With warm weather here to stay in the South, snakes are out in full force. Spring marks the beginning of snake season as they emerge from their winter dens in search of food. While most snakes are harmless (there are only a few venomous snake species in Georgia), it can be disconcerting to come across one in your yard.

What many homeowners don’t realize is that they could be inadvertently attracting snakes to their property. Here are some of the most common things that attract snakes to your yard along with some ways to prevent them.

Food Sources

Snakes typically eat a few times per week when food sources are available. While their diet varies by species, most snakes feed on small rodents (like mice) and birds. Having an abundance of these favorite foods around your home will draw snakes to your yard.

  • Inspect your yard for signs of rodents. Because they are usually not seen during the day, these pests can be present without you even realizing it. Look for holes and burrows in the ground which they use to hide from predators. Sometimes you can even find droppings in your yard. If the population is large enough, you may even see visible tracks in the grass.
  • Clean up your property. Don’t leave any old food or garbage lying around rodents can use to feed on. Clean up grills regularly and keep them covered, as well.
  • Keep your lawn mowed and bushes and shrubs trimmed.
  • Rodents will also hide in piles of wood or in sheds/garages. Block any entrances they can use to access exterior buildings. Keep wood piles covered and elevated.
  • Bring in bird feeders overnight and clean up any spilled birdseed.
  • Don’t leave pet food and water out overnight.

Water Sources

Snakes need water to survive. Some species even thrive in wet environments. Common water sources include rain puddles, water features, birdbaths, pools, and ponds/lakes.

  • Birdbaths not only provide a source of water but they also attract birds, another common food source for snakes. If possible, raise your birdbaths and keep them farther away from your home.
  • After a rainstorm, take note of where puddles form in your yard. Use dirt or soil to fill them in or even these low lying areas out.
  • Keep pools maintained with appropriate treatments and cleaning.
  • Lakes and ponds house fish, frogs, and birds which are another source of food for snakes. Trim the grass and plants around any bodies of water on your property. Consider building a small fence around it that snakes cannot climb over.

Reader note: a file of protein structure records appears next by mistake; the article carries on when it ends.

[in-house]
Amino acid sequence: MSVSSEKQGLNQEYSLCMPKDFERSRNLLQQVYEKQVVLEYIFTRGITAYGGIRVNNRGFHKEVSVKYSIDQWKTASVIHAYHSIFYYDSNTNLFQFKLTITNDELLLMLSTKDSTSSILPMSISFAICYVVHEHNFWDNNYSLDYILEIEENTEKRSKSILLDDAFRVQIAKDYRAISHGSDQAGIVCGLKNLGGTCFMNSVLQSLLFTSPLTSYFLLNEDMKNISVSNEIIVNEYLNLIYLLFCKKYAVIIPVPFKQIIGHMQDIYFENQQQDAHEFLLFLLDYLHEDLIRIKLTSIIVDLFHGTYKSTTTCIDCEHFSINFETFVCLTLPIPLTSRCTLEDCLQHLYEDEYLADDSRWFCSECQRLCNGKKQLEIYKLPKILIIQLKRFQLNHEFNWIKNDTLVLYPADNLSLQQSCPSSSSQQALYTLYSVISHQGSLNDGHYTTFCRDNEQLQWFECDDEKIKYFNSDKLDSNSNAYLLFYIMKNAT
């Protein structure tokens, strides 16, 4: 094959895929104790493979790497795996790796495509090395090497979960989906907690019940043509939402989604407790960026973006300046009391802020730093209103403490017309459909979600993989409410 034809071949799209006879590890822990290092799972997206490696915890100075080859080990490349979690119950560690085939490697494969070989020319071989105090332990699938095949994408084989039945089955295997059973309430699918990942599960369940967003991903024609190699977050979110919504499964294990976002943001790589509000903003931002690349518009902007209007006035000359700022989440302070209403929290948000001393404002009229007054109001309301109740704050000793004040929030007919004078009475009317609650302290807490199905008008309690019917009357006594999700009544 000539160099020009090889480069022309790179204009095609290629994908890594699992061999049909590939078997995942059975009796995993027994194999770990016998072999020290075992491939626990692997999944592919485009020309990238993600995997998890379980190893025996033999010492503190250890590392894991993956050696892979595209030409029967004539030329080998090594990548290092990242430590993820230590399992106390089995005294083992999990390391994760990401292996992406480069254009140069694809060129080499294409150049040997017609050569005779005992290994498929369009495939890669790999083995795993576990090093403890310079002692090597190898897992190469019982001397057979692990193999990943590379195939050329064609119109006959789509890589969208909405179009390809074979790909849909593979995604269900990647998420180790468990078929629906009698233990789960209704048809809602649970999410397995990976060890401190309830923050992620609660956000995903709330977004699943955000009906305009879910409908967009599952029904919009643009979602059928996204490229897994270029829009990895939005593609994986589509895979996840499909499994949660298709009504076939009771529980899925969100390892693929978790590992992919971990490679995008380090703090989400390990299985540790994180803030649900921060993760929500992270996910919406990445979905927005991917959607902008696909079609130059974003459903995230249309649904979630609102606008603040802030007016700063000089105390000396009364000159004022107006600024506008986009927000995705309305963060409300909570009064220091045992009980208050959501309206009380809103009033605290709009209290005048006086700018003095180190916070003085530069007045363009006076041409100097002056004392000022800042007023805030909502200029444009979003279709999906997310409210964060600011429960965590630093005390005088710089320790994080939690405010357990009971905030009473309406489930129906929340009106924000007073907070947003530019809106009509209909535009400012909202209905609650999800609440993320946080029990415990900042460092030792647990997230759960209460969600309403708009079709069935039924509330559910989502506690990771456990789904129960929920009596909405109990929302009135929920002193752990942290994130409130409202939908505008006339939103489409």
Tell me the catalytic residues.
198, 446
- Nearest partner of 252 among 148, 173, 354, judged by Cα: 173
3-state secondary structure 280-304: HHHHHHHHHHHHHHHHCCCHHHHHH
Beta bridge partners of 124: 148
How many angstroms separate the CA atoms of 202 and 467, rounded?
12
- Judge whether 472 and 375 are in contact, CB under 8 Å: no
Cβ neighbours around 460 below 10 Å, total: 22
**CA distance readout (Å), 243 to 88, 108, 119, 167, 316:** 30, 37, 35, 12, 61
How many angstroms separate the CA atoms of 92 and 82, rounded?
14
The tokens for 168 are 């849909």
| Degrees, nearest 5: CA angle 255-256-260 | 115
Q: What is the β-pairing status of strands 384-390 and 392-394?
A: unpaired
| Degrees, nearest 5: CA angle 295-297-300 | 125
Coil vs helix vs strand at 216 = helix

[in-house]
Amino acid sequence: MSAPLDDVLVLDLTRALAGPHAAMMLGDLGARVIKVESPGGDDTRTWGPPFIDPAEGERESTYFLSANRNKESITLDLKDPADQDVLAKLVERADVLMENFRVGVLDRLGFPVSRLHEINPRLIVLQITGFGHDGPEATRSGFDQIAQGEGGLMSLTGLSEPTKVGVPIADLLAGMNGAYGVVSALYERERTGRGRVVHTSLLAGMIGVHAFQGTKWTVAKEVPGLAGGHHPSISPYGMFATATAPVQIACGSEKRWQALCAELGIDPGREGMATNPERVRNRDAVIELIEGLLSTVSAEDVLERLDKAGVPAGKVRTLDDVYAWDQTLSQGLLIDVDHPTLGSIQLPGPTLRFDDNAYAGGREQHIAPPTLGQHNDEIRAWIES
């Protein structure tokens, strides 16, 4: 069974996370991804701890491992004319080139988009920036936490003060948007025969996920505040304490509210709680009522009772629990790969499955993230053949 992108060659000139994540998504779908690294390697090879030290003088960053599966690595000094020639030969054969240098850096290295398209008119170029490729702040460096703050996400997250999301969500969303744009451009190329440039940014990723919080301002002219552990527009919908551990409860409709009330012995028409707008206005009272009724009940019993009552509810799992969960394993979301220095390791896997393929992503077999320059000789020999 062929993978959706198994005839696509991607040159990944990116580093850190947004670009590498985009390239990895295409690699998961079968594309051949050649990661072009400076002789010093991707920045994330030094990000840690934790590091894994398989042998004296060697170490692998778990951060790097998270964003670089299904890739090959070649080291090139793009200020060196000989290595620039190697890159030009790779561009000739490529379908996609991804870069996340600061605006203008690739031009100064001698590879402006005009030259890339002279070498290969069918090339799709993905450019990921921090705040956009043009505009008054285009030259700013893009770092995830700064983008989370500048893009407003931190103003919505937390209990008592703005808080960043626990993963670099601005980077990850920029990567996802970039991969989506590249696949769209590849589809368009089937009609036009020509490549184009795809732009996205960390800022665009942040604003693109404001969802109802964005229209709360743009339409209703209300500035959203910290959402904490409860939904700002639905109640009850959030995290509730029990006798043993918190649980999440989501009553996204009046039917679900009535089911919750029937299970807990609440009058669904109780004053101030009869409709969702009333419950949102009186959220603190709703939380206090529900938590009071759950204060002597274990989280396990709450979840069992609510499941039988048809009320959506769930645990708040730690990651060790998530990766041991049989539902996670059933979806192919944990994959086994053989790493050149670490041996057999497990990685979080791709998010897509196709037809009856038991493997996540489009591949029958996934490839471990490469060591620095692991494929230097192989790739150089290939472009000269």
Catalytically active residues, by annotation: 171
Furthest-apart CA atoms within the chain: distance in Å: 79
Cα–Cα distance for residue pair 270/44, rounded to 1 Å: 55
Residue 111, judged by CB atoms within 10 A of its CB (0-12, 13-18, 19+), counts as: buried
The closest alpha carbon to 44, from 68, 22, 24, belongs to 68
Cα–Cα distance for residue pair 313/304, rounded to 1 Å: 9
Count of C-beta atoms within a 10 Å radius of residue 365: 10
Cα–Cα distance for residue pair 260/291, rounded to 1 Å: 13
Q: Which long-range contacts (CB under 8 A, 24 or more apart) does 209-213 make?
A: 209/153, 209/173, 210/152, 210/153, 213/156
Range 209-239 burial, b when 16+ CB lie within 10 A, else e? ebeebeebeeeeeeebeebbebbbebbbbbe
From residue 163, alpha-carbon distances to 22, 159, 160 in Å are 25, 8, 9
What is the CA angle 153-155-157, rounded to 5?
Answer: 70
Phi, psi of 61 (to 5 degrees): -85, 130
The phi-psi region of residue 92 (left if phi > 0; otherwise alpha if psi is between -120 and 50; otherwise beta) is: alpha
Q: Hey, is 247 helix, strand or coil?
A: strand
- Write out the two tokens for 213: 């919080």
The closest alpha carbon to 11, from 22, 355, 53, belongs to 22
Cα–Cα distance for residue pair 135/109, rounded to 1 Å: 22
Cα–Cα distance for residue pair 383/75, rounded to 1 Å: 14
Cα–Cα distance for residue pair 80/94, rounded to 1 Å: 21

Ground Cover

Snakes will seek shelter wherever they can find it. Tall grass and overgrown shrubs provide the perfect cover for snakes from predators and also allows them to camouflage themselves when sneaking up on their prey.

  • Keep landscaping maintained throughout the season.
  • Keep grass mowed short. The blades of your grass should be short enough that they don’t arch over. This creates a tunnel snakes can use to move through.
  • Use an edger or weedwhacker to trim tall grass and weeds from fence lines, as well.
  • Avoid overwatering your lawn. Not only does overwatering make the grass grow faster and need to be mowed more often, it also attracts frogs, toads, and other pests that are a good alternative food source for snakes.
  • Keep shrubs and bushes trimmed so that there is no contact between the shrubs and the ground. This helps eliminate hiding spots for snakes.

Cool Environments

Snakes are coldblooded and prefer to spend most of their time when not hunting in cool, dark, humid environments. This keeps them from overheating and allows them to cool off after a hunt. Snakes can often be found hiding in wood piles, bushes, garages, and sheds.

  • Try to make these common hiding places less attractive to snakes.
  • Keep open spaces cleared. Clean up woodpiles, debris, rock piles, pool toys and accessories, children’s toys, etc. Snakes will look for anything that can pile up and remain undisturbed to hide out in.
  • Most snake species thrive when humidity is between 40 and 50%. Consider using a dehumidifier in garages and sheds to keep humidity levels lower.
  • Check your foundations and the exterior of your home/other buildings. Gaps and cracks in foundations, exterior walls, garages, and sheds provide the ideal hiding spot for snakes. Repair gaps, cracks, and holes immediately.

Most snakes aren’t harmful to humans and, in fact, can be beneficial to have around as they help keep other pest populations under control. If you have a problem with snakes, contact your local pest control company for a snake removal and prevention plan that best suits your situation.

 

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